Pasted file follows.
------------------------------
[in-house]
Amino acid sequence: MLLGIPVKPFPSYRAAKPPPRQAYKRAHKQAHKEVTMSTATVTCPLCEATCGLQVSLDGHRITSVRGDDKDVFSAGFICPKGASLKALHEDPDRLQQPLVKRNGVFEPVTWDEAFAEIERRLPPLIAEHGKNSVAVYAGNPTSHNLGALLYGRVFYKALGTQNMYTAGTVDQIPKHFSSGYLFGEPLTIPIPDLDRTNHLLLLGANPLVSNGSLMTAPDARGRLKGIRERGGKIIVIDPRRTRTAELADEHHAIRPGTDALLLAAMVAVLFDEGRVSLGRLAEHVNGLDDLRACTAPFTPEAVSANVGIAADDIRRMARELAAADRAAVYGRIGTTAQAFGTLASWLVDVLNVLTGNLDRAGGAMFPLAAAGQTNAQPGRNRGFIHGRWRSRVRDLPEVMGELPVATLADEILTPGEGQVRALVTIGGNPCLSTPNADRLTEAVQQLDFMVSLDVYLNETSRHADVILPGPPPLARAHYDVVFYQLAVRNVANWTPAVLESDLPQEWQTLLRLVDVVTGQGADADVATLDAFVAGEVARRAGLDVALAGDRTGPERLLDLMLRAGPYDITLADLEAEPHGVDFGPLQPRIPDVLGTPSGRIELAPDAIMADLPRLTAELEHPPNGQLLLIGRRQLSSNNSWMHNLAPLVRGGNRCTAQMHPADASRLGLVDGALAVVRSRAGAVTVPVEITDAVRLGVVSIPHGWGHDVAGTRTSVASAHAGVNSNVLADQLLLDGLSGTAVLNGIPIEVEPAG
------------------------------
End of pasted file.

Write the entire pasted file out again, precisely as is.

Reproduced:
[in-house]
Amino acid sequence: MLLGIPVKPFPSYRAAKPPPRQAYKRAHKQAHKEVTMSTATVTCPLCEATCGLQVSLDGHRITSVRGDDKDVFSAGFICPKGASLKALHEDPDRLQQPLVKRNGVFEPVTWDEAFAEIERRLPPLIAEHGKNSVAVYAGNPTSHNLGALLYGRVFYKALGTQNMYTAGTVDQIPKHFSSGYLFGEPLTIPIPDLDRTNHLLLLGANPLVSNGSLMTAPDARGRLKGIRERGGKIIVIDPRRTRTAELADEHHAIRPGTDALLLAAMVAVLFDEGRVSLGRLAEHVNGLDDLRACTAPFTPEAVSANVGIAADDIRRMARELAAADRAAVYGRIGTTAQAFGTLASWLVDVLNVLTGNLDRAGGAMFPLAAAGQTNAQPGRNRGFIHGRWRSRVRDLPEVMGELPVATLADEILTPGEGQVRALVTIGGNPCLSTPNADRLTEAVQQLDFMVSLDVYLNETSRHADVILPGPPPLARAHYDVVFYQLAVRNVANWTPAVLESDLPQEWQTLLRLVDVVTGQGADADVATLDAFVAGEVARRAGLDVALAGDRTGPERLLDLMLRAGPYDITLADLEAEPHGVDFGPLQPRIPDVLGTPSGRIELAPDAIMADLPRLTAELEHPPNGQLLLIGRRQLSSNNSWMHNLAPLVRGGNRCTAQMHPADASRLGLVDGALAVVRSRAGAVTVPVEITDAVRLGVVSIPHGWGHDVAGTRTSVASAHAGVNSNVLADQLLLDGLSGTAVLNGIPIEVEPAG